I lie awake in the early morning, the crisp cold dawn slipping through the slightly open window. I snuggle further under the blanket, spooning around Lucy as she sleeps on, oblivious to what lies ahead. Soon, I feel her nudge my arm and start to lick my hand. I stroke her soft fur and she wiggles up the bed to cover my face with her morning doggy kisses. It is time to get up, though today my heart is heavy.
In just a few short hours, Lucy’s world is about to be turned upside down. This is the last time she will sleep on my bed, the last morning she will wake me with her kisses. For Lucy Lou has found a home.
She came to me a scared, anxious, sad, and very pregnant girl. Slowly she learned to love car rides and walks about town, to crawl up on my lap and sneak into my bed. She gave wonderful kisses – timid at first, and then more generously washing my face and hands with her tongue. And she grew to trust me – to trust that when I left the house without her, I would return, and when I took her places where she had to stay without me, I would come back for her.
Today I am going to break that trust. Today she is moving on – to join the family who has pledged to love her forever, her adoptive family. In time she will learn to trust them, in time she will love them as she does me. Friends tell me dogs are very adaptable. And I know that is true. But I know before her trust and love will be freely given again, there will be a time of sadness and confusion, a painful time for Lucy – and how I wish I could protect her from that pain.
I get out of bed and go to the back door. I pull on my boots and warm jacket and step outside with Lucy. The sky is orange and red with the glow of sunrise, and I impulsively forgo our morning routines and grab the camera and Lucy’s leash. We head down to the beach and watch the sunrise, sitting side by side in the frosty morning air. It is a perfect way to spend our very last morning together. A perfect time for a final walk.
Sunrise from the seawalk
Sunrise and reflectionsI have always known this day would come. And for nearly a week, I have known it would be today. The family came to meet her last Sunday, and I took her to their place for the homecheck on Tuesday, and then I recommended the SPCA approve the application. And they did. It has been my secret, one that I didn’t want to share on the blog until all was complete.
By noon she seems to know something is up. Perhaps she senses my emotions, perhaps she makes sense of the things I am packing for her. She sits by the window and watches and waits.
Are they here yet?
I'm tired of waiting
I am going to miss her terribly. I will miss her enthusiastic greetings when I’ve been gone, whether for five minutes or five hours. I will miss her climbing onto my lap and pushing me out of my chair. I will miss her running to her crate and sitting up tall as can be as she waits for her meal. I will miss her wonderful silly grin, her willingness to dress up and her excitement as soon as I pick up her leash or the car keys. But most of all, I shall miss her climbing up onto my bed and snuggling up to me, licking my hands and covering my face with her kisses as we wake up in the early morning hours and head out for a walk in the sunrise.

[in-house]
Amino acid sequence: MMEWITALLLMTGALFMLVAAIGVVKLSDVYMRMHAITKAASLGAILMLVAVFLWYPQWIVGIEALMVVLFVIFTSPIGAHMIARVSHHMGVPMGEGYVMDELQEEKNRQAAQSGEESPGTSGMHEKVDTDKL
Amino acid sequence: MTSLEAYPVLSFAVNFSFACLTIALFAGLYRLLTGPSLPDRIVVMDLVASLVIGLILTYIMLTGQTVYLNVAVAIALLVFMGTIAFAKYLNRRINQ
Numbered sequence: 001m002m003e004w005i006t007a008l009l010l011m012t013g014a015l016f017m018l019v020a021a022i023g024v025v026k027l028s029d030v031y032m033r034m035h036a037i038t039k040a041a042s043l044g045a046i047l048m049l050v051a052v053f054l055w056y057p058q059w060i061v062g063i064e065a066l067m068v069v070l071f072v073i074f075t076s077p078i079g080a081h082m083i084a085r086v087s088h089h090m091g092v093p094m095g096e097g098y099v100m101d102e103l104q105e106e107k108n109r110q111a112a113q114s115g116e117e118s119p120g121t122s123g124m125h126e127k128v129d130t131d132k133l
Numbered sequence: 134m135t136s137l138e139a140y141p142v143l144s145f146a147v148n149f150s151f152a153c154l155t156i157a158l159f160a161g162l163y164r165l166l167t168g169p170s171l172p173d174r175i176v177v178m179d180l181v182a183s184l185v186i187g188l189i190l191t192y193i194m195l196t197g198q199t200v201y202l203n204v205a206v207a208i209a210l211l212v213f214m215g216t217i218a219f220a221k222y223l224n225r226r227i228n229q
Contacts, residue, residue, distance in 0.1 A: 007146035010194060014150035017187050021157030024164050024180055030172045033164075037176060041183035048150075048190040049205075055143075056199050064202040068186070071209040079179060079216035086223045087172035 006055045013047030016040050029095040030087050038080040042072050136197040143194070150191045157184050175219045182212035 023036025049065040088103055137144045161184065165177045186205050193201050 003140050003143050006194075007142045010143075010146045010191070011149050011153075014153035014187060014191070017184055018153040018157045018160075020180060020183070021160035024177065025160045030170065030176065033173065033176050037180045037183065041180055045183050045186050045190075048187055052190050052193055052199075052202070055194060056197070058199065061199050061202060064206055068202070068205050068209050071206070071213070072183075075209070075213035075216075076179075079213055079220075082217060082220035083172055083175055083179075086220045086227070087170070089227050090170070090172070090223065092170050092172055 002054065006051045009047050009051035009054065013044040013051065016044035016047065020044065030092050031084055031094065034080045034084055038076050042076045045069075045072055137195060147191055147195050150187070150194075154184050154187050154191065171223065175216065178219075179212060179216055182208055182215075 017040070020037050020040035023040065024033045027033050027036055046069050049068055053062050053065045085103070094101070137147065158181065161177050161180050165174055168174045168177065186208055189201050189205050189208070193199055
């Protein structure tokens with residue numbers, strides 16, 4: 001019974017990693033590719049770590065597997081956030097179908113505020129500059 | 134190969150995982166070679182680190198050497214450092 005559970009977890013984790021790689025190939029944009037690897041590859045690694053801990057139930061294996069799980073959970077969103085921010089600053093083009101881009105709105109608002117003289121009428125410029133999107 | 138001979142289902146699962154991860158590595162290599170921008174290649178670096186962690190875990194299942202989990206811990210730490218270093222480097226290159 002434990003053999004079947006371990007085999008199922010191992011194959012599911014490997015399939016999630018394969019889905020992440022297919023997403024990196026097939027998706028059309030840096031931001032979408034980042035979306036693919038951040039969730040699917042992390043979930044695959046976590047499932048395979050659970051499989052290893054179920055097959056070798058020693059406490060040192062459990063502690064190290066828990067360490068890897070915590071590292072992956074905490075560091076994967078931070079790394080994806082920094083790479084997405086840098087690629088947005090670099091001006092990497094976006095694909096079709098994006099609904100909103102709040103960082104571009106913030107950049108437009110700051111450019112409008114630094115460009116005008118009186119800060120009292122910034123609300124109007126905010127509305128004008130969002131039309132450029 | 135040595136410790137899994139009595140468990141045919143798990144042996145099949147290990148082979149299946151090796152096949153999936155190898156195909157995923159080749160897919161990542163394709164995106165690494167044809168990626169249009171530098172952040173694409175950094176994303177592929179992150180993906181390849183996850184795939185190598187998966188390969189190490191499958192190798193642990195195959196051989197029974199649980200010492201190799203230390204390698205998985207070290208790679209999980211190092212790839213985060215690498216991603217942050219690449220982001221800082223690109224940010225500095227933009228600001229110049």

It is always good news when a shelter dog finds a family. She joins a mom and dad, and a boy and girl. The girl, Kaia, shall be her special pal, and it is on her bed that Lucy shall likely sleep. Her new family also has two cats, and she’ll have doggy friends to play with regularly as her at-home mom walks neighbourhood dogs each weekday, walks our Lucy will now enjoy too. Oh, and Lucy will have a gramma just down the road, whose two dogs she met and liked on Tuesday.
She will live in a lovely comfortable home with a nice yard to play in, protected by a solid six foot fence, though it will be awhile before she can be out there unattended for even a minute, as we all know about her invisible pogo stick and superpower flying abilities! Her new family has been well versed in the rules of keeping Lucy safe.
And so Lucy rides off, not into the sunset, but into the sunrise of her life – into the promise of a brand new day, a brand new life. With her she takes her martingale collar and a new id tag, her sweater, a few favourite toys, some dog food and some treats......and a very large piece of my heart.
My sorrow is a little girl’s joy. My pain is a family’s excitement. Such is the role of fostering – to nurse back to health, to teach some manners, to care, to love, to let go. Lucy Lou is going home.
A Poem for Lucy
It is perhaps the hardest thing that I have ever done,
To love a dog and earn her trust, and then to send her on.
In fostering, the joy I feel at seeing safely placed
A homeless dog, is bittersweet; with sorrow it is laced.
A young girl's gain will be my loss; my mind has but one thought:
That I will truly miss this dog and all the love she brought.
Have a great life, Lucy Lou.
© 2010 JFB
Lucy's morning sunrise, December 31, 2010
Viewed with her foster mama the day she begins her new life